France’s protectionist laws, which require a 36-month window between a film’s theatrical opening and its streaming debut, seem like the last gasp of a rapidly dying era. And the manner in which Frémaux handed down the Cannes ban, at the same time as the festival announced it was putting the kibosh on red-carpet selfies, was high-handed and doctrinaire. (In other words, it was French.) It’s increasingly evident that Netflix doesn’t just want to “disrupt” the business of showing movies in theaters. They want to destroy it. But it’s also increasingly evident that Netflix doesn’t just want to “disrupt” the business of showing movies in theaters. They want to destroy it. Netflix CEO Reed Hastings told reporters last year the company wanted to “unleash film,” but he also spoke of the current state of exhibition with glib contempt.
By putting its movies online immediately, the streaming service represents an existential threat to the French theater industry’s business; the Cannes rule change is just the latter’s mode of resistance (as the festival director, Fremaux is under tremendous pressure from French exhibitors). In announcing his decision to pull the company from Cannes, which is widely viewed as the world’s most prestigious film festival, Netflix’s chief content officer, Ted Sarandos, framed it to Variety as a battle between cinema’s past and future.
The company is competing against a range of traditional entertainment companies around the globe, and of course, against the need to work, sleep and do other things. Speaking at TED in Vancouver, CEO Reed Hastings noted that $8 billion is about what Disney spends. “That’s spread globally,” he said. “It’s not as much as it sounds.”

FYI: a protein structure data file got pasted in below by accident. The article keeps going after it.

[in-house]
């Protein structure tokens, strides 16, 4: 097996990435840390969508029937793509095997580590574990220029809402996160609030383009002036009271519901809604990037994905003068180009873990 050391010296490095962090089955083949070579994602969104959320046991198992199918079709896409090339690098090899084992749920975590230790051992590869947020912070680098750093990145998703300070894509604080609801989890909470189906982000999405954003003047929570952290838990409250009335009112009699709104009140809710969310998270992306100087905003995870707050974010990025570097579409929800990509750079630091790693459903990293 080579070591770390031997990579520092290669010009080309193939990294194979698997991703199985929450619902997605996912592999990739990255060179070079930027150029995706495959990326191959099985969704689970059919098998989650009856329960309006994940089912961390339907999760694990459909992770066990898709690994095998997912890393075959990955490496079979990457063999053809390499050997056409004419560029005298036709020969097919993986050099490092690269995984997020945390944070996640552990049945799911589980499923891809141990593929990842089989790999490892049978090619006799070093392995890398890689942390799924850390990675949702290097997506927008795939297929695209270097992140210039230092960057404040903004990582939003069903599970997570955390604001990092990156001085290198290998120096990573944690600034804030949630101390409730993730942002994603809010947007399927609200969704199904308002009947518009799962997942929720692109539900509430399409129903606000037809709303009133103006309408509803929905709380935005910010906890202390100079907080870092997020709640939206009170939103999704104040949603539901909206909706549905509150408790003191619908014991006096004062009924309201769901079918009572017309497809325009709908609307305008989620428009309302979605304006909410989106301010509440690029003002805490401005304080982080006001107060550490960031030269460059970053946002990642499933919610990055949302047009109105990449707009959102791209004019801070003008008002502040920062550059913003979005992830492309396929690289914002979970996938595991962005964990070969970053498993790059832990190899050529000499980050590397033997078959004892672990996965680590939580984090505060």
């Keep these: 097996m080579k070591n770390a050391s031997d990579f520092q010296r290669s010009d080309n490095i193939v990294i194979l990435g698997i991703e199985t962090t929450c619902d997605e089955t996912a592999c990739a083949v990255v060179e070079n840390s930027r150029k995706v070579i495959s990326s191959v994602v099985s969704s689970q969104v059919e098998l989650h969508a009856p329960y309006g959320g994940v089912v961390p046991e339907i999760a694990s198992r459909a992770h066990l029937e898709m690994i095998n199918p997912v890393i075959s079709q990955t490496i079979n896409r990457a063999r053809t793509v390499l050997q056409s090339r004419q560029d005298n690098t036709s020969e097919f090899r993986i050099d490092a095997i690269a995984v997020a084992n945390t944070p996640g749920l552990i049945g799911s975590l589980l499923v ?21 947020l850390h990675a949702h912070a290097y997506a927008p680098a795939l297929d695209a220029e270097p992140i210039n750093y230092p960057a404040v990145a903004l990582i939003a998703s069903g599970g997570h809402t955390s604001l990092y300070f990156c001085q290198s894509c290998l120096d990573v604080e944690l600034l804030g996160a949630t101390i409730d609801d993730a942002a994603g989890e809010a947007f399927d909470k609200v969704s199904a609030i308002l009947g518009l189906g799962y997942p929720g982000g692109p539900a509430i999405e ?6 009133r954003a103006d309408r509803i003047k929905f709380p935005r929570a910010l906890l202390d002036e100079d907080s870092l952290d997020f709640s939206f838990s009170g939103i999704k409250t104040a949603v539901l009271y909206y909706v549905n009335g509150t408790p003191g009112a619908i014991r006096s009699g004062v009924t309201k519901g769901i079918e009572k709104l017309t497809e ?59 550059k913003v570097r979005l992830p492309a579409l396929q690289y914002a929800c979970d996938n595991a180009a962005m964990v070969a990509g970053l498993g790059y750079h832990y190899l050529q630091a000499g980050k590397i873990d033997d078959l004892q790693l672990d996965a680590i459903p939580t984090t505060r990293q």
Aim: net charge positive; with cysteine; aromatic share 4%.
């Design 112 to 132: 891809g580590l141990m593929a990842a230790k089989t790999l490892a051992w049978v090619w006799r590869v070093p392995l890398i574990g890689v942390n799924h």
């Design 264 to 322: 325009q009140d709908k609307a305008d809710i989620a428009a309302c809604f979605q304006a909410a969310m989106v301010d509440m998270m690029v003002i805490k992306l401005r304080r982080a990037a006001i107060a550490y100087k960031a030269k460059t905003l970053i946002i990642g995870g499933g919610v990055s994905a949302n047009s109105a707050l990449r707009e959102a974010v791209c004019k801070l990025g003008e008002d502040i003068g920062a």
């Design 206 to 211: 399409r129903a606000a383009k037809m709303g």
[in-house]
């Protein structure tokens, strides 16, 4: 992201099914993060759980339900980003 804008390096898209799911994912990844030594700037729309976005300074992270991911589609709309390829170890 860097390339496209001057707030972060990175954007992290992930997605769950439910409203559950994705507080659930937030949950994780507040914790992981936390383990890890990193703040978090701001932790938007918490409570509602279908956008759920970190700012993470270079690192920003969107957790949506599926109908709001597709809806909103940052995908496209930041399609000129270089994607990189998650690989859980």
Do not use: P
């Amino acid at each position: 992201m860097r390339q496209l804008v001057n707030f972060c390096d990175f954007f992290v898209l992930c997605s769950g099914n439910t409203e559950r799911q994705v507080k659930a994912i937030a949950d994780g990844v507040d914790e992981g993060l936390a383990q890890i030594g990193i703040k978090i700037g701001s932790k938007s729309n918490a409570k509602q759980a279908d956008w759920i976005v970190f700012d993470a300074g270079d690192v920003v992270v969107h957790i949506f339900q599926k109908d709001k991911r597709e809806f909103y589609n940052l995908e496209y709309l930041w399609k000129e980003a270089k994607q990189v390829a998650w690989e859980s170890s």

Though many podcast networks are on the move right now, one has been dominant since its founding, taking advantage of “a quirk of the iTunes chart, which appears to reward an influx of new listeners rather than the overall size of an audience. As Mr. Quah put it, ‘it’s a hotness meter, not a bigness meter.'”
For a National Geographic documentary, astronaut and engineer Paolo Nespoli turned into a cameraman – with a famous trainer. But that didn’t help much when space intervened: “The sensor seemed to be badly damaged, and this is normal when cameras go into space. … We are outside the atmosphere, yet all of us, including the cameras, get an abnormal dose of space radiation.” Oh.
It’s an ironic question, or rather it could be an ironic result, considering that Disney essentially built the modern cinemagoing experience. “To save the kingdom, however, Disney may have to blow up the castle.”
What even is “elevated horror,” for that matter?
Oh, Thierry Frémaux, did you really say this? You did. “Cannes artistic director Thierry Frémaux remarked at a news conference Thursday morning that the world ‘will never be the same again’ after sexual assault allegations against Harvey Weinstein boosted the #MeToo movement, IndieWire reported. But he added that the industry’s related gender inequality issues and the lack of female filmmakers represented at Cannes had nothing to do with each other.” Sure, buddy. Sure.
Univision has billions in debt left from its leveraged buyout a decade ago, and is struggling with the same headwinds facing all linear operators. The company also made an aggressive play for millennials by acquiring the former Gawker Media sites, which are now known as the Gizmodo Media Group, a subsidiary of Fusion.
Once upon a time — specifically, from the dawn of the “talkie” in the 1920s until just a few years ago — Hollywood’s calculus regarding how sequels got made was simple. A movie came out, did big business, won over fans, and the captains of industry in the studio C-suite called out for another one: the same again, only different. These days, however, the forces dictating which films get sequelized and which don’t has become a much weirder science.
“It’s ironic, then, that Wayne LaPierre and the NRA’s other spokespeople blame Hollywood’s glorification of violence whenever there is a mass shooting. What they ignore is that nearly every American film involving weaponry might as well be an NRA infomercial. On the big screen, guns rarely kill innocent bystanders, they don’t go off by accident, and they aren’t used to slaughter children in classrooms. Pick any action movie at random, and I’d wager it could be advertised using LaPierre’s catchphrase: ‘The only thing that stops a bad guy with a gun is a good guy with a gun.'”